Quetzalcoatl: Time Stones Book II
By Ian Hunter
Too late, he understood the stone’s curse. It lay not in the stone, but in those who possessed it.
Jessie, Kes, Tiponi and Abe knew all about the power of the stones. They knew that they were both a blessing, and a curse.
Thrown together from very different eras, these four unlikely friends must complete the task that their mentor had set them. They must hunt down and destroy the Time Stones. But that was a task easier said than done…
The end of Quillan Creek and the Little War (Time Stones, Book 1) seemed so final that I was left wondering how Ian Hunter would approach Book 2. The dramatic ending of Book 1 hinted that all the protagonists had died but, of course, with the sacred stones that allow time travel, it made sense that they would escape death. Quetzalcoatl (Time Stones Book II) carries on the story of Jessie, Kes, Tiponi, and Abe. These four brave young adults must first survive this strange world that they have been thrown into, but they must also find each other, because only when united can they figure out why their stones took them to this place.
Having thoroughly enjoyed Book 1, it was with eager anticipation that I waited for Book II. Initially, I was slightly thrown by the beginning of this novel, for it opens in the home of a merchant who has in his possession a cursed stone - it must never be touched. He seemingly has no understanding of what the stone is and what it can do. But he keeps it carefully locked away and thinks of his son, who has travelled to the new world, seeking adventure and wealth. The importance of this merchant and his son only becomes clear at the very end of this novel. Indeed, there are many threads to this story, all woven intricately together to create a vast tapestry of myths, legends, history and magic.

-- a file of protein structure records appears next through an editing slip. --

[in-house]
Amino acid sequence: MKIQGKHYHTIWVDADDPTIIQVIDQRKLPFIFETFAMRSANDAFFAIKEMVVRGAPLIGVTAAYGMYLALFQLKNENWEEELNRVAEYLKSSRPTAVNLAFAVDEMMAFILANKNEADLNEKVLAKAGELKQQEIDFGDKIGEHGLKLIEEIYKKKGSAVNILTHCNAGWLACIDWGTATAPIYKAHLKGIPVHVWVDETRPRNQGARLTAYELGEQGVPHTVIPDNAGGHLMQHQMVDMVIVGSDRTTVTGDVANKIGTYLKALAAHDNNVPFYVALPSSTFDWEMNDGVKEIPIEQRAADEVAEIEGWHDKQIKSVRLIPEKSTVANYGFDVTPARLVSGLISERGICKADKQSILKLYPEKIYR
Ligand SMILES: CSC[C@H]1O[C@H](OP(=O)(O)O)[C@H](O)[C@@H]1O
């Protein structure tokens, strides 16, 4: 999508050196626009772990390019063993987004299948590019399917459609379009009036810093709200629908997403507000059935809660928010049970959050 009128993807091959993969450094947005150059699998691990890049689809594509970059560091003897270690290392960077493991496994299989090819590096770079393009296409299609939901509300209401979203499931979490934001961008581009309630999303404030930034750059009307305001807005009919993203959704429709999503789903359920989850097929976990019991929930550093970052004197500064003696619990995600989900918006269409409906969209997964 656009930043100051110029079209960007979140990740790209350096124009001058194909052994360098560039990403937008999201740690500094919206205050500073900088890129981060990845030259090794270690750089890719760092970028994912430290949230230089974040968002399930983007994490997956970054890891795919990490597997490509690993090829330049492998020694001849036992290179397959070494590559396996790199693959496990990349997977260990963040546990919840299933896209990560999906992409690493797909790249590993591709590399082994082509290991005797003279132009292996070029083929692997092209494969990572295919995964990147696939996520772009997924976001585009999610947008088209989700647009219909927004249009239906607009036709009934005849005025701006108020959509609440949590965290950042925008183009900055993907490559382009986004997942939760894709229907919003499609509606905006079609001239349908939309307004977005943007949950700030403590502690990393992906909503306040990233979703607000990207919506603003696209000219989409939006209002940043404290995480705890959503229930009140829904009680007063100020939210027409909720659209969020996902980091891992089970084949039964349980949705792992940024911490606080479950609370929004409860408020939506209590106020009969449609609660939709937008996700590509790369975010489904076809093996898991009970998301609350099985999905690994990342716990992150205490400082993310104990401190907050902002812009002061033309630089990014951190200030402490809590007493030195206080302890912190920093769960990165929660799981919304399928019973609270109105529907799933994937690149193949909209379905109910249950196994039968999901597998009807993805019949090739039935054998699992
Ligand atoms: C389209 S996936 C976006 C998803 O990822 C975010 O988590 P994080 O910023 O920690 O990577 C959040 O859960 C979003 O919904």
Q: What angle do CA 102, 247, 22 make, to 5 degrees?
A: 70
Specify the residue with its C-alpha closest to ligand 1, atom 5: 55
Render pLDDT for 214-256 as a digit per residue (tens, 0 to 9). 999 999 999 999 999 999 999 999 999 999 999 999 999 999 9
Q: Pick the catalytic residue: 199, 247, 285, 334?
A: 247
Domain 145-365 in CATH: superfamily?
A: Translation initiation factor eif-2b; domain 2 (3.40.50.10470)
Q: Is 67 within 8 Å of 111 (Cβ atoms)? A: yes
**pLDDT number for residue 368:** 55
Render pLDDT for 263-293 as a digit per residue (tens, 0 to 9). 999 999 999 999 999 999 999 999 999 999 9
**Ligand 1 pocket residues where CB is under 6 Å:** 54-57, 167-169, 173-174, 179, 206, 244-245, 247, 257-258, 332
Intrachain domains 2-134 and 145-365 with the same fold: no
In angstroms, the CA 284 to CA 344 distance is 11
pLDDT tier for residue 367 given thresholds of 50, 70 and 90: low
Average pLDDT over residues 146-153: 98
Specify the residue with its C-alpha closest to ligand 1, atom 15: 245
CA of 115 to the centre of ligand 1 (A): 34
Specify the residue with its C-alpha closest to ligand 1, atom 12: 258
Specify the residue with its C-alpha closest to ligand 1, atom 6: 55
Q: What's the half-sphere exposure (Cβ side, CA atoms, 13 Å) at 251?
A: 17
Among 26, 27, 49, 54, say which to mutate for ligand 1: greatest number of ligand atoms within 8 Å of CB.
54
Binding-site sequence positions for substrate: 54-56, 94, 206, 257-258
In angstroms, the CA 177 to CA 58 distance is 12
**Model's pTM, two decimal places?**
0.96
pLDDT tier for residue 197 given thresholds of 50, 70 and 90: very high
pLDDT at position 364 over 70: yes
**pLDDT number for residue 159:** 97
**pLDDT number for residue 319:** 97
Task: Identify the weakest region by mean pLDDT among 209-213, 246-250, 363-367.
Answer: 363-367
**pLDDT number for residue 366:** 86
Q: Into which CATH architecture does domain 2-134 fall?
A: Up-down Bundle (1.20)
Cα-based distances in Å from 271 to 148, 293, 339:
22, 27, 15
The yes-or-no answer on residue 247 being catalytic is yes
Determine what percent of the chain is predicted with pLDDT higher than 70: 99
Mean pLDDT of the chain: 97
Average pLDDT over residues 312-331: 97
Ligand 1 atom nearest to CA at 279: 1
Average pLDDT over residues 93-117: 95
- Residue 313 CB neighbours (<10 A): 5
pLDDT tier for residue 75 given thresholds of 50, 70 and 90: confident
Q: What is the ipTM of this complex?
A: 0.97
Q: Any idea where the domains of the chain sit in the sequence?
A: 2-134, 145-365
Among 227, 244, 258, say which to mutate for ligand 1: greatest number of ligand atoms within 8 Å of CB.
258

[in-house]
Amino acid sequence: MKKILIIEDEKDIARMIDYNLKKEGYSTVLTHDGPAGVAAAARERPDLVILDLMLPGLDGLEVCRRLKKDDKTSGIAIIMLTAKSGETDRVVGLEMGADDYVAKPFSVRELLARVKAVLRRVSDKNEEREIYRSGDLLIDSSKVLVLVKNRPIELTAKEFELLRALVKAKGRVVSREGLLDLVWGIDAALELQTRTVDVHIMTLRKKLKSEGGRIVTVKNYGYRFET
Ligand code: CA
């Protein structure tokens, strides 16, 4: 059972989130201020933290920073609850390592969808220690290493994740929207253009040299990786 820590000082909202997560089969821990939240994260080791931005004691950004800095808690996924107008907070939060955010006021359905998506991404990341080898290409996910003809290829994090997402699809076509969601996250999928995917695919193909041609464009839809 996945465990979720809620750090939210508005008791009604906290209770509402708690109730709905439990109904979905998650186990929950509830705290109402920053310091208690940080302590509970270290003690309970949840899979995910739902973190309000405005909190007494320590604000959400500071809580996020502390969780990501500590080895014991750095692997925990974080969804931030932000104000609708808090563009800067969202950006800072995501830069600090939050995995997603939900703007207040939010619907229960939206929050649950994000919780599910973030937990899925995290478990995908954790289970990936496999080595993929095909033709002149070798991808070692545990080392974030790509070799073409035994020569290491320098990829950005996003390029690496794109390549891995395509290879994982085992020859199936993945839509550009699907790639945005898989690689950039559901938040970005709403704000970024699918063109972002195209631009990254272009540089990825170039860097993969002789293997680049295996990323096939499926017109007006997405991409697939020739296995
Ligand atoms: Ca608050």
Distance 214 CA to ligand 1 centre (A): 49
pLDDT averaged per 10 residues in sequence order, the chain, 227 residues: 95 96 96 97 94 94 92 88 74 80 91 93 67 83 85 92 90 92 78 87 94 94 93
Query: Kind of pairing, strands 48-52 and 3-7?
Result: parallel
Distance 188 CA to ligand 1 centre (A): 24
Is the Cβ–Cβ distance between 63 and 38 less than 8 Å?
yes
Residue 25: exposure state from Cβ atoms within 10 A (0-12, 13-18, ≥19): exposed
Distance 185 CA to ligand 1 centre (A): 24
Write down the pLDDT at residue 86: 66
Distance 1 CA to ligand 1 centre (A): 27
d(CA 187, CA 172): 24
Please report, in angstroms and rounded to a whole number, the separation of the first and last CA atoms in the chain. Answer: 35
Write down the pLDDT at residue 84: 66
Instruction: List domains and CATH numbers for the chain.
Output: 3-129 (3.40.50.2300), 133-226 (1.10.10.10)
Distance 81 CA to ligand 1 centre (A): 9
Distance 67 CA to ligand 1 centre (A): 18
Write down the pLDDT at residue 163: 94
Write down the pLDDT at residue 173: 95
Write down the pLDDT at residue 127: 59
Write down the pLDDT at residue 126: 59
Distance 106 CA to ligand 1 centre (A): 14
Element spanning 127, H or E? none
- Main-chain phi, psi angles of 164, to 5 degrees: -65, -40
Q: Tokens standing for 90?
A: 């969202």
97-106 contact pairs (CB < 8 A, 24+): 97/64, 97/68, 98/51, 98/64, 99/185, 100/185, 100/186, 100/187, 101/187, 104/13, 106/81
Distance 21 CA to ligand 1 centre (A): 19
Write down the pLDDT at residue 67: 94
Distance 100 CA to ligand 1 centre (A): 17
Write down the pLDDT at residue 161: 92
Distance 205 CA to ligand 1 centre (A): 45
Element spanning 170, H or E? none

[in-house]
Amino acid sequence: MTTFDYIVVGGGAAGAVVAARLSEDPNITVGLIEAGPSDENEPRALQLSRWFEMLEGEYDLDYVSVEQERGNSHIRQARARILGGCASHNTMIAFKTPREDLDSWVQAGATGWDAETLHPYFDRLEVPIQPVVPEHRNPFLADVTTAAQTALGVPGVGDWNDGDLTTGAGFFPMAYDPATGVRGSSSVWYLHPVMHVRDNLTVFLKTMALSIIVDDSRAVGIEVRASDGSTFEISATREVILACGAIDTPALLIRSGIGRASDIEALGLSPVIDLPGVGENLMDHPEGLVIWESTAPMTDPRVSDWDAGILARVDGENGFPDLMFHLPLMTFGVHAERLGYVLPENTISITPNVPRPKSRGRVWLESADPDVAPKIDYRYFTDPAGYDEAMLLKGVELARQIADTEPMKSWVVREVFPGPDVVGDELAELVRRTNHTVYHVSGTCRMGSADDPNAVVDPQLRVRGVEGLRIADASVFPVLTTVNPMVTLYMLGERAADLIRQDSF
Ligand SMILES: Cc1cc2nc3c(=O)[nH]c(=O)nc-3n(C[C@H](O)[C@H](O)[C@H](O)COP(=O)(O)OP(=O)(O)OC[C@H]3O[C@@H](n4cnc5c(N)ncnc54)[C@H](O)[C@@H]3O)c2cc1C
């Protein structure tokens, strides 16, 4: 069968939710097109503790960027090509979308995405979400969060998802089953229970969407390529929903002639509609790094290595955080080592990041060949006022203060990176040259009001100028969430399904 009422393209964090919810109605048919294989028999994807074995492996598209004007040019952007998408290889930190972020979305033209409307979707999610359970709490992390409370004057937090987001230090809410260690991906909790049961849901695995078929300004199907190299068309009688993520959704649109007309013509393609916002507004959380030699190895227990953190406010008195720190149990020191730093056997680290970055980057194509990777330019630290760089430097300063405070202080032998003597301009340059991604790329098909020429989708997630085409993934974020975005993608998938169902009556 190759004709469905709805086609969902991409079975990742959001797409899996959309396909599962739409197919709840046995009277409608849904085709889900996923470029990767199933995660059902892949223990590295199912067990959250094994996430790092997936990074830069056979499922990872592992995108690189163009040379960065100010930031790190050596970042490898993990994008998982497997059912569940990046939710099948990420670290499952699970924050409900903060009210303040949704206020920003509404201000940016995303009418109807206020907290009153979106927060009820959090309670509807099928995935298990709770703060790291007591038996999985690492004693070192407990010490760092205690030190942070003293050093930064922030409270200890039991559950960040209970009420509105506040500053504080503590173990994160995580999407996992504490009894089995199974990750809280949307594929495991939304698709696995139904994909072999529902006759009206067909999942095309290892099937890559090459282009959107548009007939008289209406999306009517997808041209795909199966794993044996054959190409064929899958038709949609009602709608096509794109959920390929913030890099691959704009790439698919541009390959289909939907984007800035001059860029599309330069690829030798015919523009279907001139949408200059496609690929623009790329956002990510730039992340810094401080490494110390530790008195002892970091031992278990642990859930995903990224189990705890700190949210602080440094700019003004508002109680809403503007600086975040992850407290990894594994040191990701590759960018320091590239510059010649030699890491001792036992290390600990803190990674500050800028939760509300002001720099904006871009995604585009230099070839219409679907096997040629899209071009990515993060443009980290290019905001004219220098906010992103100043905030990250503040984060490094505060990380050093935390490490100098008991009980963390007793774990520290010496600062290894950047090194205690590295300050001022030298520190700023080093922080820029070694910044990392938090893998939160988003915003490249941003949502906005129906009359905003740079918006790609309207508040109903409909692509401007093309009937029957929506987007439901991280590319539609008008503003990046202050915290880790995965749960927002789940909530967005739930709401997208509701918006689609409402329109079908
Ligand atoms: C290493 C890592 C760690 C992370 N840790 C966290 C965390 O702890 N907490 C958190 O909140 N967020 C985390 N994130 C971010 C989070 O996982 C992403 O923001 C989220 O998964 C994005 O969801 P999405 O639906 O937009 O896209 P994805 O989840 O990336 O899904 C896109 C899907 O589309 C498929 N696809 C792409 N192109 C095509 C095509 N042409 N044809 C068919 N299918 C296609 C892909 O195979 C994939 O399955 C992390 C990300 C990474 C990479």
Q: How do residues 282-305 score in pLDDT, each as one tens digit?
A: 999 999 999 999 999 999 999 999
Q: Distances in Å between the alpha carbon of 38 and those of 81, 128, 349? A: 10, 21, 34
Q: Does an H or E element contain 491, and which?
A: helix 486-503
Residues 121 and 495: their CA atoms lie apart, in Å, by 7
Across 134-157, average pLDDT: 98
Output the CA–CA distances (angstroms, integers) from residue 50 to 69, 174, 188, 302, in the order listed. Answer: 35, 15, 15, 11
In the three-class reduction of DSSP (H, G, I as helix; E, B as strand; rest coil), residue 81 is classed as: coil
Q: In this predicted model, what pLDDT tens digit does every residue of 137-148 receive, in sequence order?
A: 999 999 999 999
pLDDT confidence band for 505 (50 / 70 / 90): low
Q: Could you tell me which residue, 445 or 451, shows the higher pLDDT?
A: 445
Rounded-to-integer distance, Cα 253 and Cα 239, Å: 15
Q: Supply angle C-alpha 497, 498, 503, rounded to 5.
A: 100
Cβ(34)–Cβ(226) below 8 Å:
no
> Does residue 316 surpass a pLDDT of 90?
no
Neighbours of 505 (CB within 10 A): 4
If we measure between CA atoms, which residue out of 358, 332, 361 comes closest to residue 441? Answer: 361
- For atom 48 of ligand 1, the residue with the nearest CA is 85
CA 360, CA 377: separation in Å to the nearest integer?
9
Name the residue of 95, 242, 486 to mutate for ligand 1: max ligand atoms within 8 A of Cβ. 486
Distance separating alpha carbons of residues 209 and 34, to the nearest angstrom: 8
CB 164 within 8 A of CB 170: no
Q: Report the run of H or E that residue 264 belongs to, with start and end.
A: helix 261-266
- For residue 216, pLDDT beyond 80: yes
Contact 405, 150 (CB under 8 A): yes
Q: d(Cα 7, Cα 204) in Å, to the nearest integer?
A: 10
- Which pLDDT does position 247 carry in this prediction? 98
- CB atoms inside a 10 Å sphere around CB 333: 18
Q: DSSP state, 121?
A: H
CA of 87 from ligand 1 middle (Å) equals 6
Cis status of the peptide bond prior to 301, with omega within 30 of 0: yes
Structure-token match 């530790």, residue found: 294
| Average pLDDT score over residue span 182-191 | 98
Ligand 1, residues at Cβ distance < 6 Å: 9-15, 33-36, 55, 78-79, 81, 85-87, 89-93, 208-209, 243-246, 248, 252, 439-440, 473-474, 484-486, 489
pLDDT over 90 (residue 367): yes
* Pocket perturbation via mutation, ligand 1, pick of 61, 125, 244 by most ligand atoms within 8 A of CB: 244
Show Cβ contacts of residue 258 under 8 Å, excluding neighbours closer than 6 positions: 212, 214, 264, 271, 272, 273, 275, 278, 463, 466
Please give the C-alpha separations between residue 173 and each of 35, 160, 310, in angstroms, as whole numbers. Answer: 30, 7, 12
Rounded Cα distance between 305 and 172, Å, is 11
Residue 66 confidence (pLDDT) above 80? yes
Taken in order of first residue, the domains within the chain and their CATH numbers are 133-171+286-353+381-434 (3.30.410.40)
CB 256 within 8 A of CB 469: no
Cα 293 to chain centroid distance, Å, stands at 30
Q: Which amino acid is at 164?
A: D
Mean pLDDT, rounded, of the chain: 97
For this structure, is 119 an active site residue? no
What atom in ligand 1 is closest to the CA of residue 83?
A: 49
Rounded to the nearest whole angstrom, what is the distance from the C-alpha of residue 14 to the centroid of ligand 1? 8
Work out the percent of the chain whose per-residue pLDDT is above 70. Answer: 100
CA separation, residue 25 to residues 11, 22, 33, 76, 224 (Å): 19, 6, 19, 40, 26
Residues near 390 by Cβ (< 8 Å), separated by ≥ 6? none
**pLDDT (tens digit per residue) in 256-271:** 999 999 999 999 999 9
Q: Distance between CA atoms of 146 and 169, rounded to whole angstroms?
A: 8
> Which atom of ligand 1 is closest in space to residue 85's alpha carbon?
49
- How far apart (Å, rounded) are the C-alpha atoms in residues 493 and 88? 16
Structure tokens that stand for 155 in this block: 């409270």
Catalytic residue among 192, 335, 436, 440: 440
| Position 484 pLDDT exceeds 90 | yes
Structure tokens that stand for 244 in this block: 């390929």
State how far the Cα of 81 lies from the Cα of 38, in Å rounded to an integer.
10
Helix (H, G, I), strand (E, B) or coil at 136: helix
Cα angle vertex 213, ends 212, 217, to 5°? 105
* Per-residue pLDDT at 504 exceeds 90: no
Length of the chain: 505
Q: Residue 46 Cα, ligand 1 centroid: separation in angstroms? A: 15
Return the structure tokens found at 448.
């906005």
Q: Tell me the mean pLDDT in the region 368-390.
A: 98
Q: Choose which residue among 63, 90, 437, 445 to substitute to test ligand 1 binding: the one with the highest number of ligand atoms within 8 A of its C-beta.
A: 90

The historical events that the friends witness is depicted with a tremendous amount of skill and knowledge. In this novel, the author asks his readers to question what a civilised world looks like. The Aztecs are seemingly barbaric with their human sacrifices and religion, but did that make them uncivilised? They had a very defined social structure, and I thought Hunter did a tremendous job in capturing the very essence of these people during this turbulent era. The Cortés’ siege of Tenochtitlan is depicted with a brutal reality that is almost tangible. Hunter has brought this era majestically back to life. It is a finely detailed reality with a very convincing visual presence. Like our four intrepid heroes, I too felt like I had fallen through time.
Friendship is a theme that runs throughout the length of this novel. There is a strong sense of camaraderie that is dependent upon mutual support, both emotionally and physically. This especially applies to Jessie and Kes, who are connected in a way that the others are not. However, this connection comes with its own set of challenges, because there is a simmering romantic attraction between the two, which in turn leads to irrational feelings of jealousy. This unexpected jealousy brings a new dynamic to the friendship group. Hunter certainly has a great understanding of human fallibility and because of this all of his characters are believable.
There is nothing about the four protagonists of this novel - Jessie, Tip, Kes and Abe - that screams heroism, and yet, through no choice of their own, they become the heroes of the day. Their everyday fight to stay alive is eclipsed only by the knowledge that the stones have taken them to this era for a specific reason. The horrors that each of them have witnessed could have destroyed their fragile mental health, but together they are a strong team that can weather the storms.